Caroline and Danny discussed how they approached the case study and the fantastic resulting prize of a trip to the 2019 NACE Conference in Nashville, while Tim provided a critical assessment of their reaction and solution to the failure that occurred.
The case study was concluded by a series of questions and answers, before Trevor Osborne from Deepwater Corrosion Services brought the first ever online YEP meeting to a close with a message of thanks. The participants will attend four more lectures before reconvening in November to present their case study.
Young Engineers Programme (YEP)
The latest Young Engineer Programme kicked off on the 8th January and was held at the same venue and time as the London branch meeting. Bill Hedges gave an introduction to the programme, and a review of YEP 2018 was given by participants Caroline Allanach and Stephen Shapcott, all coordinated by Alan Denney. This year there are 32 young engineers taking part, compared with 14 in 2018. This is a clear indication that the industry is healthy and on a growth spurt.
The first talk was given by Dr Jane Lomas, and dealt with the “Basics of Corrosion” as the lead into the series of nine lectures throughout the year. The programme will culminate on 12 November when the YEP candidates will present their solutions to the case study at the London branch meeting at the Royal Overseas.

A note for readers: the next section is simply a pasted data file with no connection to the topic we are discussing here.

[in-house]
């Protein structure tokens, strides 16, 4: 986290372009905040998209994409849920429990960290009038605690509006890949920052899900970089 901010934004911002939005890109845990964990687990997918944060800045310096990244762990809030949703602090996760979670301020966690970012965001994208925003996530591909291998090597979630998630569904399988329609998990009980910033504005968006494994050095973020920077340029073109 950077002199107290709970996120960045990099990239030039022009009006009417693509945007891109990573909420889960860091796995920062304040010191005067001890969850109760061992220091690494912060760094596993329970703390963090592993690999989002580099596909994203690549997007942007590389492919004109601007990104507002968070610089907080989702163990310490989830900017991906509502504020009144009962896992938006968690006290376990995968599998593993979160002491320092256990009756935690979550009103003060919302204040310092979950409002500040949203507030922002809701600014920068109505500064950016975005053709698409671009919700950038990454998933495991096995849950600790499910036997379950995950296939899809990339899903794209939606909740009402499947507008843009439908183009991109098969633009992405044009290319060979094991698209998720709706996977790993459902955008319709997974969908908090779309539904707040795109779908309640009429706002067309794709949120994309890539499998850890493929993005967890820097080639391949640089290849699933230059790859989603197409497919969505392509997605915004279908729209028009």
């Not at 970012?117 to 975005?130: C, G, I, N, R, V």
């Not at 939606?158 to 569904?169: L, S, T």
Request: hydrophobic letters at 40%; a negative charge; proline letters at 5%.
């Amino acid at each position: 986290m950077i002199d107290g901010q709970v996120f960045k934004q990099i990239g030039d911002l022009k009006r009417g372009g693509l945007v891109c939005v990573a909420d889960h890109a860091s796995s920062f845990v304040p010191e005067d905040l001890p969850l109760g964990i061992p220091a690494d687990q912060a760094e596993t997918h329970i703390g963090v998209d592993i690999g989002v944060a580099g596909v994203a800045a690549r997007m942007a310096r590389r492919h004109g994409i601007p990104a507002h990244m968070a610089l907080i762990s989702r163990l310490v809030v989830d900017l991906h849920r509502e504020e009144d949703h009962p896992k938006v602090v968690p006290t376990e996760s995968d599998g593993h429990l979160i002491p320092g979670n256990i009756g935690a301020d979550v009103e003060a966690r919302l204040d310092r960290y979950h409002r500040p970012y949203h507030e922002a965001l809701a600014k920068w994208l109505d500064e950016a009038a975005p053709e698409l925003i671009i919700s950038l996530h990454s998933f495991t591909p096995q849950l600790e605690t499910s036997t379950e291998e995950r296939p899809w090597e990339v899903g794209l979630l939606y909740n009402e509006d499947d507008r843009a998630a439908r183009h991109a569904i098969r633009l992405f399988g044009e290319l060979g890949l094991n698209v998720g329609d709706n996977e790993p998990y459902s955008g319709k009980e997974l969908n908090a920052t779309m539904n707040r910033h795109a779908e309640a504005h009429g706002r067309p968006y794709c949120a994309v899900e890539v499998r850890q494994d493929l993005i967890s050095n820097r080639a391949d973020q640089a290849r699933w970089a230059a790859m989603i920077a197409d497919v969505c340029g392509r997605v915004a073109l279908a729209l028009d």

The young engineers then had time to talk to the established engineers attending the LB meeting over refreshments.
The 2018 YEP culminated in the teams presenting their findings on the Case Study at Imperial College on Thursday 8th November.
This was 12 months of work for the delegates who have worked through modules that span the breadth and depth of our industry.
It was a truly fantastic evening with 3 excellent presentations from the teams
There were a good deal of questions from the audience after each presentation following which the Judges went away to deliberate.
Bill Hedges of BP, when making his award speech, said “its been very hard to select a winner as they were all so good. However there has to be a winning team and that is Team Doggett.”
The winning team will be travelling to the USA in April 2019 to attend the NACE Conference in Nashville where a whole programme will be arranged. They will post a blog of their activity and learnings on a daily basis which will be attached to the Institute of Corrosion website. We are grateful to the President and staff of NACE for pledging their support to the winners whilst they are in Nashville by providing conference registrations and access to the student award ceremony.